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Second Sunday in Lent

 

"Indeed, God did not send the Son into the world to condemn the world, but in order that the world might be saved through him."                     John 3:17  .

Texts & Discussion:
 

Genesis 12:1-4a
Psalm 121
Romans 4:1-5, 13-17
John 3:1-17 or
Matthew 17:1-9

 

This Week's Themes:
God's Claim on our Lives
& Promise for Blessing
Born from Above
By Faith through Grace

 

 


 

A Call to Worship (based on Psalm 121)

L: I lift up my eyes to the hills-- from where will my help come?
P: My help comes from the LORD, who made heaven and earth.
L: He will not let your foot be moved; he who keeps you will not slumber.
P: He who keeps Israel will neither slumber nor sleep.
L: The LORD is your keeper; the LORD is your shade at your right hand. The sun shall not strike you by day, nor the moon by night.
P: The LORD will keep you from all evil; he will keep your life.
All:
The LORD will keep your going out and your coming in from this time on and forevermore. Come let us Worship the LORD!

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Sermons:

Children's Messages:

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Sermon Excerpt:

Venturing Out in Faith
Genesis 12:1-4a
by Rev. Randy Quinn

Now the LORD said to Abram, "Go from your country and your kindred and your father's house to the land that I will show you. I will make of you a great nation, and I will bless you, and make your name great, so that you will be a blessing. I will bless those who bless you, and the one who curses you I will curse; and in you all the families of the earth shall be blessed." So Abram went, as the LORD had told him.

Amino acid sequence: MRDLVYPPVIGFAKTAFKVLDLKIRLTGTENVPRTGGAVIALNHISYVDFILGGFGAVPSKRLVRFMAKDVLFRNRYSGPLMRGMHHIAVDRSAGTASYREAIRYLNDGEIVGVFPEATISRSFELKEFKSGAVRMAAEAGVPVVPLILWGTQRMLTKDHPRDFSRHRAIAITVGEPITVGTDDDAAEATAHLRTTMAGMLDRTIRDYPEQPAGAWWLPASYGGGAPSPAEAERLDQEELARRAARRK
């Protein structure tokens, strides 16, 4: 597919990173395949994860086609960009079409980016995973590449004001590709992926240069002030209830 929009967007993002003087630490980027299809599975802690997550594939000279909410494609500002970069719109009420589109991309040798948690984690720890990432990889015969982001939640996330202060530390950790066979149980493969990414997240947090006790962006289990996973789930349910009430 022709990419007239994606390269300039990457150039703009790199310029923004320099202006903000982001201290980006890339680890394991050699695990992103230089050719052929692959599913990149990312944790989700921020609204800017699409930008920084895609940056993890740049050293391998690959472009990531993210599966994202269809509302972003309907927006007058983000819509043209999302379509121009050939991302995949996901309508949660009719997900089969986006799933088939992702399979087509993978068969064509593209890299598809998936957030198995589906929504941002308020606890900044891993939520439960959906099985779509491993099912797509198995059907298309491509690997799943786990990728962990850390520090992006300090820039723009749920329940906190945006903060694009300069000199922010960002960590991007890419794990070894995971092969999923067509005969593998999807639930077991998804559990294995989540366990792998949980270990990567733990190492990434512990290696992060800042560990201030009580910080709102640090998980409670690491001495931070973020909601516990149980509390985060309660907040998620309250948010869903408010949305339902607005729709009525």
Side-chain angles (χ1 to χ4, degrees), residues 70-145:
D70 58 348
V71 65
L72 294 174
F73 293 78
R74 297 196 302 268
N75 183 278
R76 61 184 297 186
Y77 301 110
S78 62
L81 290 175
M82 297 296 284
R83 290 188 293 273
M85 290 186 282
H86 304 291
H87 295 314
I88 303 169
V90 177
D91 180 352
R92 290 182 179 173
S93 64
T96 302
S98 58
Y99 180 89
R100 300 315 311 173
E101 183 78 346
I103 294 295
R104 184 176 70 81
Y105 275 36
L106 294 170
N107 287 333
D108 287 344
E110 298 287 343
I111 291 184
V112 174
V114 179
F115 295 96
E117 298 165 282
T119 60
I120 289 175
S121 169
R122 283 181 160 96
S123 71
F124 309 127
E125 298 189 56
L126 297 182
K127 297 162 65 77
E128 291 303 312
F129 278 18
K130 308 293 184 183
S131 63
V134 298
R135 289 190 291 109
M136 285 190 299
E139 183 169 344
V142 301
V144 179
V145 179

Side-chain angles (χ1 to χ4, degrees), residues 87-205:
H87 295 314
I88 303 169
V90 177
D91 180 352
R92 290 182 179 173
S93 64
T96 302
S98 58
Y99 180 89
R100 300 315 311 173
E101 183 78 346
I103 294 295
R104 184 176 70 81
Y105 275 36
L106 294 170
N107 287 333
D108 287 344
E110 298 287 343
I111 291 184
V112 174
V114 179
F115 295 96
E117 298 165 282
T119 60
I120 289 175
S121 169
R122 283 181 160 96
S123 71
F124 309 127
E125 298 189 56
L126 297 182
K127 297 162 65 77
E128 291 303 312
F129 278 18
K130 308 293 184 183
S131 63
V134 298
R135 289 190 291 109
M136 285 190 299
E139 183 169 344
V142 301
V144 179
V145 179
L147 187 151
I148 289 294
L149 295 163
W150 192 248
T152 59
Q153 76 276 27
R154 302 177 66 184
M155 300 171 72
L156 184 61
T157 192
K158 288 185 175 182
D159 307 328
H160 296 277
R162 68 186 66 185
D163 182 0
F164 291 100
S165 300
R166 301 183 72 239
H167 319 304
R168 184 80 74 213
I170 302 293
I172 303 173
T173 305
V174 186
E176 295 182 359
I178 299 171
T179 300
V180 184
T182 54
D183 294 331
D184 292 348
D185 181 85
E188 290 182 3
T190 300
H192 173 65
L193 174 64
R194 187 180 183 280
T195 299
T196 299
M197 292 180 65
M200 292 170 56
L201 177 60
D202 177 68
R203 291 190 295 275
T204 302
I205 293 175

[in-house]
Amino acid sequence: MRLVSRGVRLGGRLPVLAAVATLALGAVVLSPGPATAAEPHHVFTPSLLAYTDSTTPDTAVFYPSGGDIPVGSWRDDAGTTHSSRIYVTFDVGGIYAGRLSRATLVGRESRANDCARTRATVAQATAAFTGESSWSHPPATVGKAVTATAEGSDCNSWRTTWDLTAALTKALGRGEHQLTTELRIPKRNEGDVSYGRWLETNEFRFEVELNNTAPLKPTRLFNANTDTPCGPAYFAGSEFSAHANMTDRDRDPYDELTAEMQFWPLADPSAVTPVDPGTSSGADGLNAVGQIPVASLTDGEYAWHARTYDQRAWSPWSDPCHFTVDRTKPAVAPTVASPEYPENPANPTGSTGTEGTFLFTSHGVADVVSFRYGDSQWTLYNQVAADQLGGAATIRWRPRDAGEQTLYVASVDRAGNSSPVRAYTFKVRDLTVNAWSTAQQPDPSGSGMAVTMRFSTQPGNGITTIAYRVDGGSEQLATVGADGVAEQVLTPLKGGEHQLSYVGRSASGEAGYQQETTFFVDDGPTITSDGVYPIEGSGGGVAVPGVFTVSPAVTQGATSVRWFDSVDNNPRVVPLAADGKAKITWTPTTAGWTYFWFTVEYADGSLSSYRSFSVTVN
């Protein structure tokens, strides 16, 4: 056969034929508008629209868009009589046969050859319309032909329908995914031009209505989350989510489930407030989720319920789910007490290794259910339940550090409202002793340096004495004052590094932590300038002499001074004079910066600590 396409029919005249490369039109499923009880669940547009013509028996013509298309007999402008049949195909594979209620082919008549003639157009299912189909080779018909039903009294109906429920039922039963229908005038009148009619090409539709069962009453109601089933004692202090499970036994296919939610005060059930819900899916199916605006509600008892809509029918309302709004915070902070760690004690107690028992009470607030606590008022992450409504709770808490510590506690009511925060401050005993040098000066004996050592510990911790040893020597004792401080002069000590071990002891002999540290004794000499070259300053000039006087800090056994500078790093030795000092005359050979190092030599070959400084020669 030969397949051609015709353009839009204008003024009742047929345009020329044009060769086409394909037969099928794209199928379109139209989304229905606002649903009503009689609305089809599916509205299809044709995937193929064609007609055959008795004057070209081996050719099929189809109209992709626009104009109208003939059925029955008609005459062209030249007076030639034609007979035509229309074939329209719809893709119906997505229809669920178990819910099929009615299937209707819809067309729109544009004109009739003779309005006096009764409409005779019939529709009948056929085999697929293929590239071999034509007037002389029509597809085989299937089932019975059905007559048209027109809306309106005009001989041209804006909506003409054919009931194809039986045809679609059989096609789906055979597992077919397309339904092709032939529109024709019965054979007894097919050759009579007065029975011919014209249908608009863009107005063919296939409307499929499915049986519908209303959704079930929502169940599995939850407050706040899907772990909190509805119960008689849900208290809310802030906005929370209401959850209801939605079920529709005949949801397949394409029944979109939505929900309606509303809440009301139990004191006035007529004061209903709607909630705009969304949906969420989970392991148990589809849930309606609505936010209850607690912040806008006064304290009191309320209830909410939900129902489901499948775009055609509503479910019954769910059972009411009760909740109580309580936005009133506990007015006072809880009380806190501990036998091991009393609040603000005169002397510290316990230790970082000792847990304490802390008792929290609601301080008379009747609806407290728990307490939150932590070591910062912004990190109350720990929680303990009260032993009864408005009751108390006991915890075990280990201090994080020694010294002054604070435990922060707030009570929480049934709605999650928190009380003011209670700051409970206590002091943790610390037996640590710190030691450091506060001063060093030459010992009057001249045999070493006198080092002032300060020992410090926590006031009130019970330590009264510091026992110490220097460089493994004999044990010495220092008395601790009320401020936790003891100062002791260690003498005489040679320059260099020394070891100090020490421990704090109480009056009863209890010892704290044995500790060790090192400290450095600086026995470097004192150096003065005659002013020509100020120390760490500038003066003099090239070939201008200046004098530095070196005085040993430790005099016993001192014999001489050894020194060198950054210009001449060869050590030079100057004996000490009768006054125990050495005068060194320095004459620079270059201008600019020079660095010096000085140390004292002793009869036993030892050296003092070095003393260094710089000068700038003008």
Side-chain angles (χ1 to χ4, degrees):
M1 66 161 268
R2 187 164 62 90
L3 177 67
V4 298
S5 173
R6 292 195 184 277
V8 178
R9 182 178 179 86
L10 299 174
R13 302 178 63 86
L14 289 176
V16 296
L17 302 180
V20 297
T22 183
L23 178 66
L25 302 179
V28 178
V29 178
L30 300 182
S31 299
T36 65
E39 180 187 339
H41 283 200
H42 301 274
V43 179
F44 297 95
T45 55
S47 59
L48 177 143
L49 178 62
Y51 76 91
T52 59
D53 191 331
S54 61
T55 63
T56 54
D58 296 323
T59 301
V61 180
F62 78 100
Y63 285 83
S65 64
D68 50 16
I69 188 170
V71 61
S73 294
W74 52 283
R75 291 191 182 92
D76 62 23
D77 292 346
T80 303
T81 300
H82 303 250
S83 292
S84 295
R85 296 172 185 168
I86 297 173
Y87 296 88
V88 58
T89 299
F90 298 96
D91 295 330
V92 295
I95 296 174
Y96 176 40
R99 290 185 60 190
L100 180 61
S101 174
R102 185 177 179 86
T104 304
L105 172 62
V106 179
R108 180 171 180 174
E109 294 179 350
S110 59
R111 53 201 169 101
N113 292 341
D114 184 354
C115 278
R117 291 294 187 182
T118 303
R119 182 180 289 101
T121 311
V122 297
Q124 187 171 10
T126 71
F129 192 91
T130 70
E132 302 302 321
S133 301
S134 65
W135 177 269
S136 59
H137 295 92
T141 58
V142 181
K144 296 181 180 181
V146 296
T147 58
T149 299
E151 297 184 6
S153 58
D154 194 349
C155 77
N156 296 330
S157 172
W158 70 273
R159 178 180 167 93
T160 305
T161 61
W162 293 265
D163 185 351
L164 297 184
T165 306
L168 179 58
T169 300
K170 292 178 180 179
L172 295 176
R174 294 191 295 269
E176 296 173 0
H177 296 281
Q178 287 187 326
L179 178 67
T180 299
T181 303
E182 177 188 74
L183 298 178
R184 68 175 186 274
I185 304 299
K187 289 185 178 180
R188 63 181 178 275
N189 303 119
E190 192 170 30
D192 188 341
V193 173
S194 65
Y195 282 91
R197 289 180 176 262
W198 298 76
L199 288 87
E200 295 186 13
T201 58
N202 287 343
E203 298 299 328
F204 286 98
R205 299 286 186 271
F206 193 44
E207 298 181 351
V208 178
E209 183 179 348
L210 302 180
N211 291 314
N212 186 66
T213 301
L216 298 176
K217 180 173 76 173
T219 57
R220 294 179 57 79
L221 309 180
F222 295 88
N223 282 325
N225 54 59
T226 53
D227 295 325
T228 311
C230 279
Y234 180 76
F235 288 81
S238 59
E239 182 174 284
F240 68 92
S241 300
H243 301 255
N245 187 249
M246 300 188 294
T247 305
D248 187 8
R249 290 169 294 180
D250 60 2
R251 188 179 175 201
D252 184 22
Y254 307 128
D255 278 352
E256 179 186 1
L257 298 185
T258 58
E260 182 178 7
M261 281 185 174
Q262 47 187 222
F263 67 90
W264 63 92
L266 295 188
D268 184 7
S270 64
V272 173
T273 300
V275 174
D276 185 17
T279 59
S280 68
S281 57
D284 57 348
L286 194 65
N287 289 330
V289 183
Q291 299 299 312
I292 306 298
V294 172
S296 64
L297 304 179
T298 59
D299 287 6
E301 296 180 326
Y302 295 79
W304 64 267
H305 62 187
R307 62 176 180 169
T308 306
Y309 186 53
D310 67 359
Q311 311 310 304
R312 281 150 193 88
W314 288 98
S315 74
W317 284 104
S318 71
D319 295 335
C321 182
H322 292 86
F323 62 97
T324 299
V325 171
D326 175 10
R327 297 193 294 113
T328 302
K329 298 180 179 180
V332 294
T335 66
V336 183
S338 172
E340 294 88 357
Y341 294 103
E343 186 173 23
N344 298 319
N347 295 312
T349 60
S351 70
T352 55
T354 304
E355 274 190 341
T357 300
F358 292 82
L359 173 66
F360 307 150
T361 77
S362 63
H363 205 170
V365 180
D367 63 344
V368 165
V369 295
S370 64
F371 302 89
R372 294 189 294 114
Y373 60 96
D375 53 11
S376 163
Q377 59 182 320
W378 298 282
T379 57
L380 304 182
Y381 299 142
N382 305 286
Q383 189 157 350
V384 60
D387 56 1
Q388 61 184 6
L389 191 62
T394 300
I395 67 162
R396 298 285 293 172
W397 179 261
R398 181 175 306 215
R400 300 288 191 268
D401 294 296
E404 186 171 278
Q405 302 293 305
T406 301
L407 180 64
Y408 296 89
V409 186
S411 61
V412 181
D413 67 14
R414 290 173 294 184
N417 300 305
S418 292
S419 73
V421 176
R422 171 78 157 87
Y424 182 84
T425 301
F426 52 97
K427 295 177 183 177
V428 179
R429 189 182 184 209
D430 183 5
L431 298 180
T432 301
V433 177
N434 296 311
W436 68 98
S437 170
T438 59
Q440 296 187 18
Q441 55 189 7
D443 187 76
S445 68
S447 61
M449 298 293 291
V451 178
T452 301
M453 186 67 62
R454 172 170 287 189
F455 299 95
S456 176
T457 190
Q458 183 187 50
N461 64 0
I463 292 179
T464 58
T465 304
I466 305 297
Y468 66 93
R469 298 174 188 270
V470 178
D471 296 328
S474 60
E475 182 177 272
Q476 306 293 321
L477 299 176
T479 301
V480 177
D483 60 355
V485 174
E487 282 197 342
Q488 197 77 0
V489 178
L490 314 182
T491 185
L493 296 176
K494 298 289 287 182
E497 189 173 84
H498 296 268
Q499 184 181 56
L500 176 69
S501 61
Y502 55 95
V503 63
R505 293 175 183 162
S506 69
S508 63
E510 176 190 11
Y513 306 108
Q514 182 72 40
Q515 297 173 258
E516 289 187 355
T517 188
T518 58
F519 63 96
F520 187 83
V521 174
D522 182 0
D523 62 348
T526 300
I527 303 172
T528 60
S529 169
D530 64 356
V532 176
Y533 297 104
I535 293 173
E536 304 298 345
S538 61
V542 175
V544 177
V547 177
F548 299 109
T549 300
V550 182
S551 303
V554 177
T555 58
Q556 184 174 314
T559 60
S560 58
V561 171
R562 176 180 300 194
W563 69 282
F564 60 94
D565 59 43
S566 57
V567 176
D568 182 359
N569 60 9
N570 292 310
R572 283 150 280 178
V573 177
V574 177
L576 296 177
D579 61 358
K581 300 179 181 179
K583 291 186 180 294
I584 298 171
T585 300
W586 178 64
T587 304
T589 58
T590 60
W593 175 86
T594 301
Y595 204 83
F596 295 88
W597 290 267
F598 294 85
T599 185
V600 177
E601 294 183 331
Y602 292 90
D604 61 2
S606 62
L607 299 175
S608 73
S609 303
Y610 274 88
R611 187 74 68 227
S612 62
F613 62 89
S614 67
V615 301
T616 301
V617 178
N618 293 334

Gen. 12:1-4a

We always bring our own stories with us whenever we encounter the scriptures. Thatís true of you and itís true of me. We bring the experiences of our past as well as our concerns about the future. We carry with us the questions we have about God as well as the numerous sermons weíve heard. We also carry with us those conversations and insights weíve gained in Bible Study or Sunday School or small group discussions.

I donít know what your first thought is when you hear about Abram leaving his home, but when I read this passage, I hear about moving. Thatís because I know about moving. Iíve moved in 53 times in my life. I know pastors have a reputation for moving a lot, but I moved a lot more before I became a pastor than since I was ordained. In fact, the longest Iíve lived in any one place was a parsonage Ė and the second longest Iíve lived in one place was also a parsonage. And believe it or not, the third longest Iíve lived in any one place is a tie between a parsonage and the place we lived when I was in Junior High School1.

So I read this text and I immediately connect with the idea of leaving things behind and making a new start, of meeting new friends and starting new routines, of getting used to new surroundings and learning the local customs. Iíve done that many, many, times.

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